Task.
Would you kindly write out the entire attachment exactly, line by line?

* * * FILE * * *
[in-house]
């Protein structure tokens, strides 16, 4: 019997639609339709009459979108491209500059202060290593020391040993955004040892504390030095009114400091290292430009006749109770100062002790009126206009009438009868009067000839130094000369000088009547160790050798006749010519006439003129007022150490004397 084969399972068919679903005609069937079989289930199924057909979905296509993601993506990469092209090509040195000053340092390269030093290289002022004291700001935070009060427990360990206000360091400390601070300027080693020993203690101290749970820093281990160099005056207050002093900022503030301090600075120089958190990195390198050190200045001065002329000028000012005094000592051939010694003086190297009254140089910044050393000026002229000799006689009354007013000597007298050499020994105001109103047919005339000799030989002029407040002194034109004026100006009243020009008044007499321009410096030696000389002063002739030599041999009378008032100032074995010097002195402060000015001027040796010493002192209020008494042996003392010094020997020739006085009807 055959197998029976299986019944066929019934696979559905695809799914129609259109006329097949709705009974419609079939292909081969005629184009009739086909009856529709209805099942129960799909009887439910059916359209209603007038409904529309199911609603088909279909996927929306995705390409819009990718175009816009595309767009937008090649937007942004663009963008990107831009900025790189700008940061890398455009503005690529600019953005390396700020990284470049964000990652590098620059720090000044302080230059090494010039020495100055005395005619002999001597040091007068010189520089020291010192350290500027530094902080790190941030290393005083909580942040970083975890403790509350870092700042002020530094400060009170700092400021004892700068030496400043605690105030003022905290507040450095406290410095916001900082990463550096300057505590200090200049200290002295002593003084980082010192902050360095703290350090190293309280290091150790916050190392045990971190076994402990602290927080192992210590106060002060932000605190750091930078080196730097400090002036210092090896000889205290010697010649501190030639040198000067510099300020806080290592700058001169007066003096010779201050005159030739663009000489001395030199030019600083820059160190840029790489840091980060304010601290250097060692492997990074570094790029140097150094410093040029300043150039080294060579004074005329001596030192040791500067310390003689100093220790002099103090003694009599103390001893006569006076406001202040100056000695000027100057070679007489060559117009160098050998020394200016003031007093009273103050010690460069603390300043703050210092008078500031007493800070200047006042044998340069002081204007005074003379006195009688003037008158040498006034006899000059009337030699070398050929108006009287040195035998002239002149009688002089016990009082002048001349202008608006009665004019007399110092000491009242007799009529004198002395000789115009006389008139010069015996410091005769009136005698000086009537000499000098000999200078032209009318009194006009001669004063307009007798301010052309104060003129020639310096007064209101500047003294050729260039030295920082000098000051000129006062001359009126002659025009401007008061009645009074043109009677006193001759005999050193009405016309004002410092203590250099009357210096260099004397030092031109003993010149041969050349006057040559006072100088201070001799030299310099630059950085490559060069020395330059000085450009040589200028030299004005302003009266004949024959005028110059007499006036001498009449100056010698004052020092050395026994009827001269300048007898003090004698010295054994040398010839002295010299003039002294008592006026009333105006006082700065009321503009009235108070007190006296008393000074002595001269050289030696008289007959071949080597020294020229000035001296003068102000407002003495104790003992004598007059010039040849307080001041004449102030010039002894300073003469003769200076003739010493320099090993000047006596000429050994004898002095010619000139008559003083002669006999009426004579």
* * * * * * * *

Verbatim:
[in-house]
């Protein structure tokens, strides 16, 4: 019997639609339709009459979108491209500059202060290593020391040993955004040892504390030095009114400091290292430009006749109770100062002790009126206009009438009868009067000839130094000369000088009547160790050798006749010519006439003129007022150490004397 084969399972068919679903005609069937079989289930199924057909979905296509993601993506990469092209090509040195000053340092390269030093290289002022004291700001935070009060427990360990206000360091400390601070300027080693020993203690101290749970820093281990160099005056207050002093900022503030301090600075120089958190990195390198050190200045001065002329000028000012005094000592051939010694003086190297009254140089910044050393000026002229000799006689009354007013000597007298050499020994105001109103047919005339000799030989002029407040002194034109004026100006009243020009008044007499321009410096030696000389002063002739030599041999009378008032100032074995010097002195402060000015001027040796010493002192209020008494042996003392010094020997020739006085009807 055959197998029976299986019944066929019934696979559905695809799914129609259109006329097949709705009974419609079939292909081969005629184009009739086909009856529709209805099942129960799909009887439910059916359209209603007038409904529309199911609603088909279909996927929306995705390409819009990718175009816009595309767009937008090649937007942004663009963008990107831009900025790189700008940061890398455009503005690529600019953005390396700020990284470049964000990652590098620059720090000044302080230059090494010039020495100055005395005619002999001597040091007068010189520089020291010192350290500027530094902080790190941030290393005083909580942040970083975890403790509350870092700042002020530094400060009170700092400021004892700068030496400043605690105030003022905290507040450095406290410095916001900082990463550096300057505590200090200049200290002295002593003084980082010192902050360095703290350090190293309280290091150790916050190392045990971190076994402990602290927080192992210590106060002060932000605190750091930078080196730097400090002036210092090896000889205290010697010649501190030639040198000067510099300020806080290592700058001169007066003096010779201050005159030739663009000489001395030199030019600083820059160190840029790489840091980060304010601290250097060692492997990074570094790029140097150094410093040029300043150039080294060579004074005329001596030192040791500067310390003689100093220790002099103090003694009599103390001893006569006076406001202040100056000695000027100057070679007489060559117009160098050998020394200016003031007093009273103050010690460069603390300043703050210092008078500031007493800070200047006042044998340069002081204007005074003379006195009688003037008158040498006034006899000059009337030699070398050929108006009287040195035998002239002149009688002089016990009082002048001349202008608006009665004019007399110092000491009242007799009529004198002395000789115009006389008139010069015996410091005769009136005698000086009537000499000098000999200078032209009318009194006009001669004063307009007798301010052309104060003129020639310096007064209101500047003294050729260039030295920082000098000051000129006062001359009126002659025009401007008061009645009074043109009677006193001759005999050193009405016309004002410092203590250099009357210096260099004397030092031109003993010149041969050349006057040559006072100088201070001799030299310099630059950085490559060069020395330059000085450009040589200028030299004005302003009266004949024959005028110059007499006036001498009449100056010698004052020092050395026994009827001269300048007898003090004698010295054994040398010839002295010299003039002294008592006026009333105006006082700065009321503009009235108070007190006296008393000074002595001269050289030696008289007959071949080597020294020229000035001296003068102000407002003495104790003992004598007059010039040849307080001041004449102030010039002894300073003469003769200076003739010493320099090993000047006596000429050994004898002095010619000139008559003083002669006999009426004579």